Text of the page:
In the case of this process of transformation and formalization, even that which we considered as trivial or unimportant becomes vital and likely to encourage reflection. When one constantly questions reality, and that is what a photographer does, one becomes aware that everything is linked: immobility and movement, positive and negative, the important and the futile… these apparently opposite notions in fact complete each other, in a process that is brought out by the act of capturing an image.

Writing is based on the same principle, as are all forms of expression that in a general sense attempt to capture reality and to transcend its chaos. One then becomes aware of the link that exists between objects and concepts that everything seems to oppose but which in fact only exist because their opposite does. My approach as a photographer is based on these considerations; if there is something that I have learned from all of those years as a student of philosophy, it is this.

You have spoken about the role of time in your photographs. For me all of your photographs have a very peculiar sense of time, even those that bear the hallmarks of modern society such as your Tokyo Labyrinth series: it is hard to say whether we are looking at the past, the present, the future or some mixture of the three.

Of course I aim for the formal aspect of my work to capture reality as closely as possible, which means that I aspire to a resolutely modern — but all-encompassing — form, in the sense that it takes account of both the past and the present. I do not think particularly of capturing the “present moment” or the “essence of the Japanese soul” when I take my photographs.

What outweighs all of these considerations is the act of photographing the human. Indeed, when I am shooting in Asakusa, I don't think about any of this at all. If Asakusa was suddenly swept away, I would just be a man in the cosmos photographing other men in the cosmos… in truth I attach very little importance to topography. Once again I prefer to adopt an all-encompassing vision: the place where I am located is simply an extension of my own roof and I am here for one thing only: to create.

Of course, if we limit ourselves to a strictly formal point of view, New York for example is an ideal backdrop for street photography, but form cannot replace substance. If I do not have a person that emanates some kind of life force or experience in front of my lens, the alchemy will not work and in the end all that will remain is a slick image with no soul. Topographic considerations are for architectural photography.

Finally, as for the choice of Asakusa, once again, it is not the place that matters (in fact I started shooting there because it was not far from my home), it is the people. It is not the fact that these people are Japanese but the fact that their face and their body tells a story, whether they are Japanese, French, English or Martian… the most important thing is that when I arrive I can say to myself “Ah, there are lots of people today, I should be able to find something good.”

There is undeniably a very universal quality to your work. In this series of interviews I have spoken with many of your contemporaries and I have been interested in what being Japanese means to them in their work. I have received some very different responses. What does this idea of being a “Japanese photographer” mean to you? Do you consider yourself as a Japanese photographer with the cultural heritage that that entails or do you consider yourself simply as a photographer?

To be completely honest with you, I must admit that I never look at the work of other photographers. I am always concerned that I will be destabilized by the fact that some of them are much better than I am. If a photographer cannot look at this work objectively, then he is not a true photographer. A photographer must constantly put himself into perspective because photography is not an innate language. It is not because I spend 24 hours running through the streets looking for photogenic models to pose for my camera that I will get good results.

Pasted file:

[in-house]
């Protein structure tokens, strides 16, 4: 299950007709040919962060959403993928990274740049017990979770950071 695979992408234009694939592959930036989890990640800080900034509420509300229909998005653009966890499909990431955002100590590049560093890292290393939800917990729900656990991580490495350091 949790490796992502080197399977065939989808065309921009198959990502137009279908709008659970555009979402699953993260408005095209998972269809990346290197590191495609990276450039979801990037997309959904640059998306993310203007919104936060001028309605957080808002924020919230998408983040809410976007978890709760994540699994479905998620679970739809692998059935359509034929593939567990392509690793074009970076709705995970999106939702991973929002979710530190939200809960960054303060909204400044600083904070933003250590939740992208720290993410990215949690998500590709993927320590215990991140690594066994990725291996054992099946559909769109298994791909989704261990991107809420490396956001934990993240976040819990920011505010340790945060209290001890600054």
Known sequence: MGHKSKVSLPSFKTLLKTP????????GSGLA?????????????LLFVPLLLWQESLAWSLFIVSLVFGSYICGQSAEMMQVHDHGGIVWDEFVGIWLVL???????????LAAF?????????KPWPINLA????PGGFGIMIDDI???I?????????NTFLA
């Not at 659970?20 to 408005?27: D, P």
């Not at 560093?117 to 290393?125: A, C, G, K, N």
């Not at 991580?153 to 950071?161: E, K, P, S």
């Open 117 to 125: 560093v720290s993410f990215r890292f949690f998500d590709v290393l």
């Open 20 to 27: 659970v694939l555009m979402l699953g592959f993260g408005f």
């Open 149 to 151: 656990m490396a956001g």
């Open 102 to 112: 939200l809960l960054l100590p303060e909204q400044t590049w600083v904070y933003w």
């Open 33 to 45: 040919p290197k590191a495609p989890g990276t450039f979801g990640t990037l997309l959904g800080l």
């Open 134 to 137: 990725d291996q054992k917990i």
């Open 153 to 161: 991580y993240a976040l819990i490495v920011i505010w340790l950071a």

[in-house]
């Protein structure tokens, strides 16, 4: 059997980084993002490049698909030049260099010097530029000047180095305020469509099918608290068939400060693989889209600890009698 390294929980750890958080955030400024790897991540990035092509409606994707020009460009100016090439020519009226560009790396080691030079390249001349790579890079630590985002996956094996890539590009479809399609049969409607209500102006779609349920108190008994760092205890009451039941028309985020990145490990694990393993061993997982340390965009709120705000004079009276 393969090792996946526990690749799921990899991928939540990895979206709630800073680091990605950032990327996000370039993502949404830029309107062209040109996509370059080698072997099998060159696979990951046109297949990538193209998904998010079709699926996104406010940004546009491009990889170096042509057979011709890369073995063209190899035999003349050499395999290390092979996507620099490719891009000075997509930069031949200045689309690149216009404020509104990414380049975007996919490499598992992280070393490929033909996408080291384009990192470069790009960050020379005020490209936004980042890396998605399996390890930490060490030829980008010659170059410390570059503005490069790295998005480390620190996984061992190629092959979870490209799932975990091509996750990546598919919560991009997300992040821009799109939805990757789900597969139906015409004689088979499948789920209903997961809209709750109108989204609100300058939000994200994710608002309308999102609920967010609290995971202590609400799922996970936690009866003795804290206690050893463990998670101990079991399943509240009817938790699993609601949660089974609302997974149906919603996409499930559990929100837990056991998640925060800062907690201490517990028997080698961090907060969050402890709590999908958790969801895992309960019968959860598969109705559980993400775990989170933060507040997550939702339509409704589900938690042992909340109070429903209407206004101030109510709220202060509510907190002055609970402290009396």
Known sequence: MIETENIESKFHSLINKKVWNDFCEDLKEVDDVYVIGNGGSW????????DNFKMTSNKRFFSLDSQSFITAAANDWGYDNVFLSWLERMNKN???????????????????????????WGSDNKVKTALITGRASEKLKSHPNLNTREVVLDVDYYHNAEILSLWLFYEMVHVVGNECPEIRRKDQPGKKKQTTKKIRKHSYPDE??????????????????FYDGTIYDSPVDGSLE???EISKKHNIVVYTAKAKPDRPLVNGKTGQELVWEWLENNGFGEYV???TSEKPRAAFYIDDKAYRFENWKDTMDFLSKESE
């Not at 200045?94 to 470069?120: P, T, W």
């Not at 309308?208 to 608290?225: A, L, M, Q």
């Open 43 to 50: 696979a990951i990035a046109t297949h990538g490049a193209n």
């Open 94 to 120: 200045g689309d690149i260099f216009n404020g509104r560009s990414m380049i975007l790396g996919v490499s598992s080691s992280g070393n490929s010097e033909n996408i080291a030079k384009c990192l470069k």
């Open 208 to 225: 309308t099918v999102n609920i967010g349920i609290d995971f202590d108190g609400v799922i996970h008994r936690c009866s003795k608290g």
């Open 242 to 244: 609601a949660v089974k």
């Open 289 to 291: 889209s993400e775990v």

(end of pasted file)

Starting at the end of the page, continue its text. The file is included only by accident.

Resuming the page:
I remember a time when Andrzej Wajda came to my studio to see some of my photographs. He asked me: “Are these people all Japanese?”, and then would say “they almost look like Westerners here!”. But for me, they were first and foremost human beings. And if he saw a resemblance between Japanese and Polish people, and more generally Europeans, it is because today, beyond our respective grievances, stories and wounds, globalization—and the homogenization of our societies that it leads to—means that we all fundamentally have the same conditions of existence.

For this reason, when I shoot a portrait it is of no interest to me to say that this person is in a certain location. Perhaps my approach is wrong. Perhaps some people need this kind of information to appreciate a photograph and to be able to relate to this stranger suspended on this glossy paper. What can I say to this? Nothing really. Particularly given that it is this process of relating that makes a good photograph. On one hand we have the image, on the other the viewer. If the viewer relates to the image, feels integrated into what he is looking at, then a dialogue is established between the two parties and, in some way, the photographer is also taking part in this silent conversation.

This is the case for the photographs that I took in India as well as my portraits taken in Asakusa. For a split second, the photographer recedes into the background and becomes a pure silhouette, in perfect osmosis with his subject. The gaze of the viewer comes afterwards, and determines decisively the beauty and the success of a photograph. If there is interaction then the image works. It is alive. You can observe the same thing in theatre.

I should add that this notion of “seeing” is far less obvious than it seems. Looking is within everyone’s grasp. Seeing is difficult. There is a difference between being passively stuffed with images, as is the case today, and being active in the process of apprehending an image. We look with our eyes, our heart and our reason. Seeing, truly seeing, is all of these things.

To see more images by Hiroh Kikai, see the book review of his Asakura Portraits in Lens Culture.